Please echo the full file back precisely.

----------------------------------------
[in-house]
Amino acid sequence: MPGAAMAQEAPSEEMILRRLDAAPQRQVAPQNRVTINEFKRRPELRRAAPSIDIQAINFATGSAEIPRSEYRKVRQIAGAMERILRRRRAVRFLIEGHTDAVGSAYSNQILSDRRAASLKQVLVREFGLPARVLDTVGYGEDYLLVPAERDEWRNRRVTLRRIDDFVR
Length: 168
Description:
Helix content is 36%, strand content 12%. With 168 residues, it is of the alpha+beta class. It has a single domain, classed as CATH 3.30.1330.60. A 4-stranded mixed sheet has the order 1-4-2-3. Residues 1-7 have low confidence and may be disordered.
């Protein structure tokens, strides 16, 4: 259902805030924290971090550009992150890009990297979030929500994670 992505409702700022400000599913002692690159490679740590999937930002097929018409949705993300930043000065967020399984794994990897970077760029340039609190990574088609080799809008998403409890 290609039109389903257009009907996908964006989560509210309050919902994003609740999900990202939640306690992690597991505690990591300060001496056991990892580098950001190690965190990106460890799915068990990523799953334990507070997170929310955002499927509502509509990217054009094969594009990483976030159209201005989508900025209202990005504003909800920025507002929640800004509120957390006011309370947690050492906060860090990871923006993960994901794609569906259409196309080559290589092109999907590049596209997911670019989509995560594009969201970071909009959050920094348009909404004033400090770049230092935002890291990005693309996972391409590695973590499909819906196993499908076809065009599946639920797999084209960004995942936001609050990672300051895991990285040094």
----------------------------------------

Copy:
[in-house]
Amino acid sequence: MPGAAMAQEAPSEEMILRRLDAAPQRQVAPQNRVTINEFKRRPELRRAAPSIDIQAINFATGSAEIPRSEYRKVRQIAGAMERILRRRRAVRFLIEGHTDAVGSAYSNQILSDRRAASLKQVLVREFGLPARVLDTVGYGEDYLLVPAERDEWRNRRVTLRRIDDFVR
Length: 168
Description:
Helix content is 36%, strand content 12%. With 168 residues, it is of the alpha+beta class. It has a single domain, classed as CATH 3.30.1330.60. A 4-stranded mixed sheet has the order 1-4-2-3. Residues 1-7 have low confidence and may be disordered.
């Protein structure tokens, strides 16, 4: 259902805030924290971090550009992150890009990297979030929500994670 992505409702700022400000599913002692690159490679740590999937930002097929018409949705993300930043000065967020399984794994990897970077760029340039609190990574088609080799809008998403409890 290609039109389903257009009907996908964006989560509210309050919902994003609740999900990202939640306690992690597991505690990591300060001496056991990892580098950001190690965190990106460890799915068990990523799953334990507070997170929310955002499927509502509509990217054009094969594009990483976030159209201005989508900025209202990005504003909800920025507002929640800004509120957390006011309370947690050492906060860090990871923006993960994901794609569906259409196309080559290589092109999907590049596209997911670019989509995560594009969201970071909009959050920094348009909404004033400090770049230092935002890291990005693309996972391409590695973590499909819906196993499908076809065009599946639920797999084209960004995942936001609050990672300051895991990285040094």